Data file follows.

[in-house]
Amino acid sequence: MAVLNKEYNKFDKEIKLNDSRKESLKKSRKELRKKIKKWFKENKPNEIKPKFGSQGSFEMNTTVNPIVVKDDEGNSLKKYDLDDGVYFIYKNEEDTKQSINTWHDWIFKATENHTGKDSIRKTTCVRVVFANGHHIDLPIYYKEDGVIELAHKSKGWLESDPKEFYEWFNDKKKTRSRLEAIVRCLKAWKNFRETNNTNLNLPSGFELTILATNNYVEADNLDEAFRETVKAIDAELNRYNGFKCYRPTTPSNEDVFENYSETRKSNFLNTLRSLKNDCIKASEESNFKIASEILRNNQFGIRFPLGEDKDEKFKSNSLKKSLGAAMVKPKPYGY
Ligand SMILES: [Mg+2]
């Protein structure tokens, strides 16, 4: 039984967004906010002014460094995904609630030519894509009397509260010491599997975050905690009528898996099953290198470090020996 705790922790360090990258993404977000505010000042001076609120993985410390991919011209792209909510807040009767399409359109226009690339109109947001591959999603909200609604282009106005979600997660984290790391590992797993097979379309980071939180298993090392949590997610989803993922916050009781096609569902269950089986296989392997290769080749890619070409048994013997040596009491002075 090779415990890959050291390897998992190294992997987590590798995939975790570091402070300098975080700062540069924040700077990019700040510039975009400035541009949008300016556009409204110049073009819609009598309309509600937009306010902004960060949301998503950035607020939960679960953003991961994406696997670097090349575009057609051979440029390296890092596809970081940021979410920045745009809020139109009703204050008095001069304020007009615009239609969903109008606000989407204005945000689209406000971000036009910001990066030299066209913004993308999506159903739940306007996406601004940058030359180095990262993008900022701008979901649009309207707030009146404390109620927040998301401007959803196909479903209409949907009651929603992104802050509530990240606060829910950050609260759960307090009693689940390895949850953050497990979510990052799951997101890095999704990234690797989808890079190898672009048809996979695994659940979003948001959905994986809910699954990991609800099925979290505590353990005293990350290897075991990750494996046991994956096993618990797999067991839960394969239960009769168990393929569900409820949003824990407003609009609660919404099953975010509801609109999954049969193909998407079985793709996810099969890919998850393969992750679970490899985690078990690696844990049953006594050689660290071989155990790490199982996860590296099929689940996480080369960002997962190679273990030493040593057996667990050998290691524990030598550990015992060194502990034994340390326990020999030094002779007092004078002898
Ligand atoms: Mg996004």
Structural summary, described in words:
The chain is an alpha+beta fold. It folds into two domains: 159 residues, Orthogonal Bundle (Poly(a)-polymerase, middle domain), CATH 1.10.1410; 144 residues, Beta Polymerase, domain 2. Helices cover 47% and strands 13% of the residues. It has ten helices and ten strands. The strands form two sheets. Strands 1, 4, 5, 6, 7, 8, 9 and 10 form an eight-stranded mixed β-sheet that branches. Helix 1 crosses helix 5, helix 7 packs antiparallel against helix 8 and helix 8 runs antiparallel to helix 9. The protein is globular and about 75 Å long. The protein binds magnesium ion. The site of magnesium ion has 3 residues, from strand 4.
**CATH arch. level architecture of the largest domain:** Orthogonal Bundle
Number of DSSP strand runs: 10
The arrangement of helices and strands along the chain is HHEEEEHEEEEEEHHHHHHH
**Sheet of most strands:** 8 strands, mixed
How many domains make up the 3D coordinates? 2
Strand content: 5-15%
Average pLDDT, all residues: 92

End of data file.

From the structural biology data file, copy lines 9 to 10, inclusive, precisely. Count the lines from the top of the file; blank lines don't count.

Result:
Number of DSSP strand runs: 10
The arrangement of helices and strands along the chain is HHEEEEHEEEEEEHHHHHHH